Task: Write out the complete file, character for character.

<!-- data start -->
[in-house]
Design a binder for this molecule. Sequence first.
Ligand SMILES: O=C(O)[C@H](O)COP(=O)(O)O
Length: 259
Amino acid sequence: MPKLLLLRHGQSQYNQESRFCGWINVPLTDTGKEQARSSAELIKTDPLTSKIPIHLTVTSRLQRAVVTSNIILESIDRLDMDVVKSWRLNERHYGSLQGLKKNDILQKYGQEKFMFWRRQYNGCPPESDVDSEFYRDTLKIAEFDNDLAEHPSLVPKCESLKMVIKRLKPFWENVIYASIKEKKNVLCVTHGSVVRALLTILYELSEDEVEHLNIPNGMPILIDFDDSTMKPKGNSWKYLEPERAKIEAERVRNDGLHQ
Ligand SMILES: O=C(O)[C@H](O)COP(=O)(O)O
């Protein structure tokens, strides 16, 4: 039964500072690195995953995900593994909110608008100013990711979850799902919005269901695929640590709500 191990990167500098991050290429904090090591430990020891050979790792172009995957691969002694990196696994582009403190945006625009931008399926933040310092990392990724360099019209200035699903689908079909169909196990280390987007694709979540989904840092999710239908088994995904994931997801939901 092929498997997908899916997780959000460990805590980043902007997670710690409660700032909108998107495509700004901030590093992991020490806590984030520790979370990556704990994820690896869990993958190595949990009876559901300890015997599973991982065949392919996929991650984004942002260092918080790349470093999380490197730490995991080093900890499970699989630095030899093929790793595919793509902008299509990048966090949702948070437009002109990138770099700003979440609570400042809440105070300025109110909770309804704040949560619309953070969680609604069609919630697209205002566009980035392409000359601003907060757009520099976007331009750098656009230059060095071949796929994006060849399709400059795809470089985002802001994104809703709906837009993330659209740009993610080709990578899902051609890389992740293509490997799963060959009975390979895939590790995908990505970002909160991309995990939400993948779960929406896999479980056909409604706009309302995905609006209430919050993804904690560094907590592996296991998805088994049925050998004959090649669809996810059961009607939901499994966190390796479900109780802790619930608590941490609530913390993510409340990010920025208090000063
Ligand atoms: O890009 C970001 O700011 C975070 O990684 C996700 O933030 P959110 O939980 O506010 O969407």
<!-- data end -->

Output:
[in-house]
Design a binder for this molecule. Sequence first.
Ligand SMILES: O=C(O)[C@H](O)COP(=O)(O)O
Length: 259
Amino acid sequence: MPKLLLLRHGQSQYNQESRFCGWINVPLTDTGKEQARSSAELIKTDPLTSKIPIHLTVTSRLQRAVVTSNIILESIDRLDMDVVKSWRLNERHYGSLQGLKKNDILQKYGQEKFMFWRRQYNGCPPESDVDSEFYRDTLKIAEFDNDLAEHPSLVPKCESLKMVIKRLKPFWENVIYASIKEKKNVLCVTHGSVVRALLTILYELSEDEVEHLNIPNGMPILIDFDDSTMKPKGNSWKYLEPERAKIEAERVRNDGLHQ
Ligand SMILES: O=C(O)[C@H](O)COP(=O)(O)O
């Protein structure tokens, strides 16, 4: 039964500072690195995953995900593994909110608008100013990711979850799902919005269901695929640590709500 191990990167500098991050290429904090090591430990020891050979790792172009995957691969002694990196696994582009403190945006625009931008399926933040310092990392990724360099019209200035699903689908079909169909196990280390987007694709979540989904840092999710239908088994995904994931997801939901 092929498997997908899916997780959000460990805590980043902007997670710690409660700032909108998107495509700004901030590093992991020490806590984030520790979370990556704990994820690896869990993958190595949990009876559901300890015997599973991982065949392919996929991650984004942002260092918080790349470093999380490197730490995991080093900890499970699989630095030899093929790793595919793509902008299509990048966090949702948070437009002109990138770099700003979440609570400042809440105070300025109110909770309804704040949560619309953070969680609604069609919630697209205002566009980035392409000359601003907060757009520099976007331009750098656009230059060095071949796929994006060849399709400059795809470089985002802001994104809703709906837009993330659209740009993610080709990578899902051609890389992740293509490997799963060959009975390979895939590790995908990505970002909160991309995990939400993948779960929406896999479980056909409604706009309302995905609006209430919050993804904690560094907590592996296991998805088994049925050998004959090649669809996810059961009607939901499994966190390796479900109780802790619930608590941490609530913390993510409340990010920025208090000063
Ligand atoms: O890009 C970001 O700011 C975070 O990684 C996700 O933030 P959110 O939980 O506010 O969407």